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Mobilicity granted extended protection from creditors

Mobilicity obtained an extension Wednesday of its court protection from creditors until Sept. 26, enabling it to keep operating its wireless business while it tries to work out an alternative to being acquired by Telus Corp.

Michelle Siu/The Globe and Mail

Mobilicity obtained an extension Wednesday of its court protection from creditors until Sept. 26, enabling it to keep operating its wireless business while it tries to work out an alternative to being acquired by Telus Corp.

A report by the court-appointed monitor overseeing the company confirmed the controversial Telus deal was no longer on the table, but said no further comment was possible due to a court confidentiality order.

Telus tried to buy Mobility several times, however Industry Canada repeatedly rejected the deals saying that a purchase by one of the existing major industry players would decrease competition in the wireless sector.

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The monitor said a court-ordered mediation process under retired justice Warren Winkler has continued, with representatives of Mobilicity, Industry Canada and the creditors meeting as recently as Monday.

The monitor also said Mobilicity has enough support from its suppliers and creditors and enough access to funds to keep operating until Sept. 26 without receiving additional money.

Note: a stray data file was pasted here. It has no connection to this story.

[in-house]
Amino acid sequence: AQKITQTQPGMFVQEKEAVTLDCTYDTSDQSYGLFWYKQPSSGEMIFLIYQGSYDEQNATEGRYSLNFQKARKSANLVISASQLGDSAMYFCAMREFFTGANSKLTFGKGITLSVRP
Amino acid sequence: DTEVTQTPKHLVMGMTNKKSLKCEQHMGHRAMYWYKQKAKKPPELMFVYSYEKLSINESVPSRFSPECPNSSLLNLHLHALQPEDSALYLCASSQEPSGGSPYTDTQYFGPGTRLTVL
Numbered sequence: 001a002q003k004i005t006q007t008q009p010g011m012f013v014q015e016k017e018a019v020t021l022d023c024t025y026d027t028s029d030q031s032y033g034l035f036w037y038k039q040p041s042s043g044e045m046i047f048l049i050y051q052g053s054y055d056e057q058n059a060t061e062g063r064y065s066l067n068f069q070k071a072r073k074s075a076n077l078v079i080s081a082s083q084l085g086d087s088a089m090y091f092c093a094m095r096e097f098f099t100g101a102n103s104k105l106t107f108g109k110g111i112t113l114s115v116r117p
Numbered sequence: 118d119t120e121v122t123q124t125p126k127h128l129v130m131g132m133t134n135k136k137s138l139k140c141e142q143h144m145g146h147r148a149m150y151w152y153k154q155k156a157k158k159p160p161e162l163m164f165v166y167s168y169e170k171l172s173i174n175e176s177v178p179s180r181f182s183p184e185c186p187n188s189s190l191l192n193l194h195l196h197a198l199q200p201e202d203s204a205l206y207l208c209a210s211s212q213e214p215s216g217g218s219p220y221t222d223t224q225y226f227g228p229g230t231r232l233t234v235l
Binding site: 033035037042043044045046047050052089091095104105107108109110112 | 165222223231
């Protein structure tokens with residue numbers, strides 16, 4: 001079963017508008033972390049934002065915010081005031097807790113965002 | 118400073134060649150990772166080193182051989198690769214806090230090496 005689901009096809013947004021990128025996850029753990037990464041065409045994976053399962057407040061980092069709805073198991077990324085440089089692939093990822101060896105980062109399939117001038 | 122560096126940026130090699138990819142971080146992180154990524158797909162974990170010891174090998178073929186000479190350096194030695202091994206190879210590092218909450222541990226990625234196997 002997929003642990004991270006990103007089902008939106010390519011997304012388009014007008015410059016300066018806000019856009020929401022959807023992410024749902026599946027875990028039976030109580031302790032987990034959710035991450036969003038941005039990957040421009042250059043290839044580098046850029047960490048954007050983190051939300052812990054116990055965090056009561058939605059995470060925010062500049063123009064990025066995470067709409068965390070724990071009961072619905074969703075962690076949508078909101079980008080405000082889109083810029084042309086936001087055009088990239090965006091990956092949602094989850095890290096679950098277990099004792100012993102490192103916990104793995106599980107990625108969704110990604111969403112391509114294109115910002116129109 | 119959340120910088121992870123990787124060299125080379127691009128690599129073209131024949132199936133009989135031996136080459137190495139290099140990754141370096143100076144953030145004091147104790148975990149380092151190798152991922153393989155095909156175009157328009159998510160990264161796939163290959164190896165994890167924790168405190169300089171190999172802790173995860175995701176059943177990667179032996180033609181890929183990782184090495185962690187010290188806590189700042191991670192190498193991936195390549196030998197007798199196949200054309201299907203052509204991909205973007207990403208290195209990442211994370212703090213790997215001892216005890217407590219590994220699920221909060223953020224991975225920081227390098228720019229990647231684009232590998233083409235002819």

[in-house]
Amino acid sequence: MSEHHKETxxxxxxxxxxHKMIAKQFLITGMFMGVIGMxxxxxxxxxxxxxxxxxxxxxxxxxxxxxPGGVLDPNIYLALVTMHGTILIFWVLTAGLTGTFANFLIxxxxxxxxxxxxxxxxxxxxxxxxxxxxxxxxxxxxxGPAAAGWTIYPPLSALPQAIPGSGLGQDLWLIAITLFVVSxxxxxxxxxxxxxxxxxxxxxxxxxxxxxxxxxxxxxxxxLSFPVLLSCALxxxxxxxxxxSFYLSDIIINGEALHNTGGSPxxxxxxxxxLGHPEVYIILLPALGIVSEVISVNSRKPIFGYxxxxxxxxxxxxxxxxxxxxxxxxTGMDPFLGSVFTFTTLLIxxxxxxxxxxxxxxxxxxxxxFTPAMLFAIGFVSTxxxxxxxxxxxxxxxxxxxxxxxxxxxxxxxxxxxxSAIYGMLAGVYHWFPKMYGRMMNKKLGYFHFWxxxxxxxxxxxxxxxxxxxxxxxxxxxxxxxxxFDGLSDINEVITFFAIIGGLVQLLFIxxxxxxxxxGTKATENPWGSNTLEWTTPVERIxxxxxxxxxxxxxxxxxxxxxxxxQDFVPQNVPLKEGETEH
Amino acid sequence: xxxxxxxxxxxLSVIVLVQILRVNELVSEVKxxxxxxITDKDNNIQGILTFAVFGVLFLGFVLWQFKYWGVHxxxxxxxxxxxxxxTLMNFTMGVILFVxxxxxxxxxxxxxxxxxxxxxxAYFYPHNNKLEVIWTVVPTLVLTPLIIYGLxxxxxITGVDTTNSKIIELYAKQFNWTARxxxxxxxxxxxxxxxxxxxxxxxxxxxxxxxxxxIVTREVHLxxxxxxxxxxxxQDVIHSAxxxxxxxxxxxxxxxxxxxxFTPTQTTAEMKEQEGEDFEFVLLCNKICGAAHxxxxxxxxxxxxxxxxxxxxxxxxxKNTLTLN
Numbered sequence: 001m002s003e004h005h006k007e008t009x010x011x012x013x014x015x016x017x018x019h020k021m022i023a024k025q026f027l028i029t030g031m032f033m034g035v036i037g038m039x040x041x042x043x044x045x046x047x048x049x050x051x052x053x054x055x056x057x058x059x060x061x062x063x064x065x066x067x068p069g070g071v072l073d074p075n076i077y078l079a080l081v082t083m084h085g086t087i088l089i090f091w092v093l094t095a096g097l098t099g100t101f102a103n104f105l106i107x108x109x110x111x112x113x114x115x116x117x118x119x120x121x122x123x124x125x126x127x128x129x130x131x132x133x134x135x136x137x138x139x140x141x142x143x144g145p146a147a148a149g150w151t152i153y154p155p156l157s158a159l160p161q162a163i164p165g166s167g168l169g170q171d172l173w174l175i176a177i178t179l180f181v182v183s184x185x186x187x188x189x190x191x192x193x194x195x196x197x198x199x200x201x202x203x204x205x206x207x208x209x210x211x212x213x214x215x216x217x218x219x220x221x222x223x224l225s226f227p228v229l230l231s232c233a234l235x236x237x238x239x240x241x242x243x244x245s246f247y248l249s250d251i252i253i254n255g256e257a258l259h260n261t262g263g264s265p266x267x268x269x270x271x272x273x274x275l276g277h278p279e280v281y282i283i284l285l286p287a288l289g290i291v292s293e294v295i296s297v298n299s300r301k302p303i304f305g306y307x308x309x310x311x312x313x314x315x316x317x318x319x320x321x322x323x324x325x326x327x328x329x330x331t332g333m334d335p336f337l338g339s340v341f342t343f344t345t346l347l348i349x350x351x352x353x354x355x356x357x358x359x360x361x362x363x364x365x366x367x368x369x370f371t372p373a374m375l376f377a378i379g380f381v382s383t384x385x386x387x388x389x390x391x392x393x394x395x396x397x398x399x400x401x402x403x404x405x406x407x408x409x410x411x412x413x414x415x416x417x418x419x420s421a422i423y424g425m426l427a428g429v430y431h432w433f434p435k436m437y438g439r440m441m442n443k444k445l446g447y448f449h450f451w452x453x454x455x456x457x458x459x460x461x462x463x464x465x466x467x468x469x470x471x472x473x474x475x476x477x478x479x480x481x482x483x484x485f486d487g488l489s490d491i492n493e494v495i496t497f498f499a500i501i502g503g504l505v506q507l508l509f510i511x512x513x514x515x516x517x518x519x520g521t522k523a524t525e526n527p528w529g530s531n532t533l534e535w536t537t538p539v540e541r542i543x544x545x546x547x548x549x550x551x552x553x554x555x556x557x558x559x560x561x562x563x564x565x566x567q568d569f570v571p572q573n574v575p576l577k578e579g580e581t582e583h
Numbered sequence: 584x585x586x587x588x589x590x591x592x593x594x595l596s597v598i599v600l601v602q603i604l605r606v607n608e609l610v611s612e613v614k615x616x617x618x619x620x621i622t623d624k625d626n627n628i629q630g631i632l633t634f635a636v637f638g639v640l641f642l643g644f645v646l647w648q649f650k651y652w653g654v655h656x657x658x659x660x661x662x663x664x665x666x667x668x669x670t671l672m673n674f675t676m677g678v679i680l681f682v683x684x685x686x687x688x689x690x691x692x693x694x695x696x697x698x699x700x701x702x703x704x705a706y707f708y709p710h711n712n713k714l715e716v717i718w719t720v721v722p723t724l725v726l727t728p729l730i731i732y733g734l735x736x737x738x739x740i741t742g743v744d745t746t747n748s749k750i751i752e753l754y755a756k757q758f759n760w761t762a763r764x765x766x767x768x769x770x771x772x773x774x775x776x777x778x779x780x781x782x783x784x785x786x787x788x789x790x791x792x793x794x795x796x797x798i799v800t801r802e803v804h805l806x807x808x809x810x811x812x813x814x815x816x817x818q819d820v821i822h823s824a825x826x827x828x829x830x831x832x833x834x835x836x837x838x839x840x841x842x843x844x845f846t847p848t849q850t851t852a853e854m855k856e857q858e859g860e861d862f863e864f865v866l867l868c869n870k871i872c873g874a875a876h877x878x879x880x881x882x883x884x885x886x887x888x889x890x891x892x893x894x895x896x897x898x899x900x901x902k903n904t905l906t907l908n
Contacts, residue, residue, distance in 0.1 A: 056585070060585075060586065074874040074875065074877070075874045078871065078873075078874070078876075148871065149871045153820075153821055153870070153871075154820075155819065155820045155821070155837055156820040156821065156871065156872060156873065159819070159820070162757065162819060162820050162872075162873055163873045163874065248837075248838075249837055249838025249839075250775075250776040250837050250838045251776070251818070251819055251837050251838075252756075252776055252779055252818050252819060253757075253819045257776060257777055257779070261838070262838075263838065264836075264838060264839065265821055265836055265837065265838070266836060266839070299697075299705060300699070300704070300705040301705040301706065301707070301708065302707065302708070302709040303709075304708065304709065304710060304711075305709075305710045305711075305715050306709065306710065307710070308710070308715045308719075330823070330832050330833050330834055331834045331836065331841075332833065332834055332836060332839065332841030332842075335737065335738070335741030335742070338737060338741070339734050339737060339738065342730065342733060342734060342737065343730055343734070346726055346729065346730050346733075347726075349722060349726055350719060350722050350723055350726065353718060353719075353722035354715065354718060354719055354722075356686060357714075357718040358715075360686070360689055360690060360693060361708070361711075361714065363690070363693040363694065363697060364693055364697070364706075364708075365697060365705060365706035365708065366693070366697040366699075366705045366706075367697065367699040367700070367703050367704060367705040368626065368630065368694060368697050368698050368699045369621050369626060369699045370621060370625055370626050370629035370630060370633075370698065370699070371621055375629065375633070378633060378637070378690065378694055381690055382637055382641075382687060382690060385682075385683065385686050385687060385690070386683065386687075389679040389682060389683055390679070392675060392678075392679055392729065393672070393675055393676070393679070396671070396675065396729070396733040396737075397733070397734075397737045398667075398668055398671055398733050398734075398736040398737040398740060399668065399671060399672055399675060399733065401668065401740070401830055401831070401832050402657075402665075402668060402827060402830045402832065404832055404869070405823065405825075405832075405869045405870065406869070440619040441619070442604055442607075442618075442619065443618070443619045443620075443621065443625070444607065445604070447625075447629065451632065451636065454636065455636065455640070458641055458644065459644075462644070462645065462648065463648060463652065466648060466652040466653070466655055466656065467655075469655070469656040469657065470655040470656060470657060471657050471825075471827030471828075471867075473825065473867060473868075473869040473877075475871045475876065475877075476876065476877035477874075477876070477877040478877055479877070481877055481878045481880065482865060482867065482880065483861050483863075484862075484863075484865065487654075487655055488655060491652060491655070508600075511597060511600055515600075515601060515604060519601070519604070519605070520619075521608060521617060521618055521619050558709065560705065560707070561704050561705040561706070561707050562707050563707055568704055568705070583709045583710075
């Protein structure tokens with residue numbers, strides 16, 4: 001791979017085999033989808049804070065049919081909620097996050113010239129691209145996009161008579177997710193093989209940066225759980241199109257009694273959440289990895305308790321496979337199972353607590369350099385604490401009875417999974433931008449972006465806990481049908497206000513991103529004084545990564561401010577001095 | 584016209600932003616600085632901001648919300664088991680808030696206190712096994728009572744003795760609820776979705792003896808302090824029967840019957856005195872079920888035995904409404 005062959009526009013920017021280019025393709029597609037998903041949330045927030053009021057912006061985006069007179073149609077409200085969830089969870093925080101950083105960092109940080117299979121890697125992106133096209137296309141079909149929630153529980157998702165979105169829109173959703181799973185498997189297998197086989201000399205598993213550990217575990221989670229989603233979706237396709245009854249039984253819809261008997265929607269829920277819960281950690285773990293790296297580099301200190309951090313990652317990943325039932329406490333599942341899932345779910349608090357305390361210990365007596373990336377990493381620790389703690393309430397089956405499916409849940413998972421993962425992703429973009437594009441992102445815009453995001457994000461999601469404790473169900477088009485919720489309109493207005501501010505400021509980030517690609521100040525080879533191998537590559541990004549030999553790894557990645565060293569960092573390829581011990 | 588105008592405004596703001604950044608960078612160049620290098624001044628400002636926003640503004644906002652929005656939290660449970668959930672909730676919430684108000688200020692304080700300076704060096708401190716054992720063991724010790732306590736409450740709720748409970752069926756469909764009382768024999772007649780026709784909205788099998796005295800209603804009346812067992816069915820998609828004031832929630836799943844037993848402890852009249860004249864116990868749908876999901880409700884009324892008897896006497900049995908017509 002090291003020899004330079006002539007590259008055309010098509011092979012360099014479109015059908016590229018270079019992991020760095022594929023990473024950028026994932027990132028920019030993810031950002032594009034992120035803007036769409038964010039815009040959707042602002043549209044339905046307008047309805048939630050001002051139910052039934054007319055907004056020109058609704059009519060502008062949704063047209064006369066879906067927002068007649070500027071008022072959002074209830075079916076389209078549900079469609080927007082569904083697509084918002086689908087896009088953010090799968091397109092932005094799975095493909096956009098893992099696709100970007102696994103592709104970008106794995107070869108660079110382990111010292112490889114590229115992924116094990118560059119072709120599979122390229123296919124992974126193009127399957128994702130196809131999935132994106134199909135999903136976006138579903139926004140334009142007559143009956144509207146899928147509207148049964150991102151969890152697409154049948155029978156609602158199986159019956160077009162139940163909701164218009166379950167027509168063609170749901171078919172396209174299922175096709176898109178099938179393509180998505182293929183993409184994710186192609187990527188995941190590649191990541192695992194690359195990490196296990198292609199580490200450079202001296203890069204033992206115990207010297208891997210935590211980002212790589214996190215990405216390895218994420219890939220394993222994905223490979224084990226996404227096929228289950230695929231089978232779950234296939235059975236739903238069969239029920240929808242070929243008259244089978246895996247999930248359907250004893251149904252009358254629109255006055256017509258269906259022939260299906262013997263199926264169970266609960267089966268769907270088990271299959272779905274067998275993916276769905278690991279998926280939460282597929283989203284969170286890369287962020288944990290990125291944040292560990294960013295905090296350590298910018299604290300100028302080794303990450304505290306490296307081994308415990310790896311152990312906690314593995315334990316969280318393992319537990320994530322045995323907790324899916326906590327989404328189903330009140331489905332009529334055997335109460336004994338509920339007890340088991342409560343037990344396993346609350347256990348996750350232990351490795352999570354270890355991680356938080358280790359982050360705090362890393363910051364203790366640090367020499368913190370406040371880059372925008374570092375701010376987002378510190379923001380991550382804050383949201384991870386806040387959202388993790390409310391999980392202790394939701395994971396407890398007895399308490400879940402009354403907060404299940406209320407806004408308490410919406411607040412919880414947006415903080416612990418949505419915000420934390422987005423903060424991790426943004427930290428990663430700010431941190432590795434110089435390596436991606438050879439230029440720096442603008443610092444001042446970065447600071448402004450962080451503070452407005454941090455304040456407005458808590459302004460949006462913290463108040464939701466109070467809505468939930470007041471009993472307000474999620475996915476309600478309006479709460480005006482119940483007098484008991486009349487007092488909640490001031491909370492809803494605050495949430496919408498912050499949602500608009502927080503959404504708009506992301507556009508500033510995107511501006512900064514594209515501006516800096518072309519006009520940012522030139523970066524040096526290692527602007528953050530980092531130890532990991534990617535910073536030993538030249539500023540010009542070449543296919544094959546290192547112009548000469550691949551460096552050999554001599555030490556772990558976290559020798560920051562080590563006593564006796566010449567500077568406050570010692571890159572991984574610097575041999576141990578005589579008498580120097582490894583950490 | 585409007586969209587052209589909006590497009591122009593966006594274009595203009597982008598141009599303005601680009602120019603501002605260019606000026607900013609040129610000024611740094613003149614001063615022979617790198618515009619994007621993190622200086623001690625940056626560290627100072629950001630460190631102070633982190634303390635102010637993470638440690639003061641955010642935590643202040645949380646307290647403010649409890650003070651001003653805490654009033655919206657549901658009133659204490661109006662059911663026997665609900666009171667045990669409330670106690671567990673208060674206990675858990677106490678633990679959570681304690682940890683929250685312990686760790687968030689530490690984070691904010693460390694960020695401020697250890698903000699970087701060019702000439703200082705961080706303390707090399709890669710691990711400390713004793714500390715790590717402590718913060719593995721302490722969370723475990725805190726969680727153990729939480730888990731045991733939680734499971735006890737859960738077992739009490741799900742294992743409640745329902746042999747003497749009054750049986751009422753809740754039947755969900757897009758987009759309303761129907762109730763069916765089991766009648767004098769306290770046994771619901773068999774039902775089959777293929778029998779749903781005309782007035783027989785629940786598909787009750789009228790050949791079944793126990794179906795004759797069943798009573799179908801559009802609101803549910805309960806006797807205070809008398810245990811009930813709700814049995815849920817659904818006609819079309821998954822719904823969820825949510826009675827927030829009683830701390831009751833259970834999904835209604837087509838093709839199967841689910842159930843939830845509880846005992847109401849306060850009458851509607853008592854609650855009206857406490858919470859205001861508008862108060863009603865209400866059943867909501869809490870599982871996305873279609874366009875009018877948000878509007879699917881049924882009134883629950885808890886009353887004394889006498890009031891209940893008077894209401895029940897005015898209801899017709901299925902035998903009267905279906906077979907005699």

Mobilicity notified 24 employees in May – about one-third of the total workforce – that they will be officially let go as of June 30, leaving the company with about 41 full-time employees and a part-time employee.

As of June 16, Mobilicity had about 157,000 active subscribers and its management expected the number to drop to 155,000 by the end of June. That's down from 194,000 when the initial court protection was issued on Sept. 30 last year.

Mobilicity was one of several new wireless companies to emerge after the federal government opened up competition in the industry by ensuring some spectrum licences auctioned in 2008 were reserved for new firms.

The company has operated in five urban markets – Ottawa, Toronto, Calgary, Edmonton and Vancouver – but has made little impact on Rogers Communications Inc., Telus or BCE Inc.'s Bell, which collectively account for about 90 per cent of the Canadian subscriber base.

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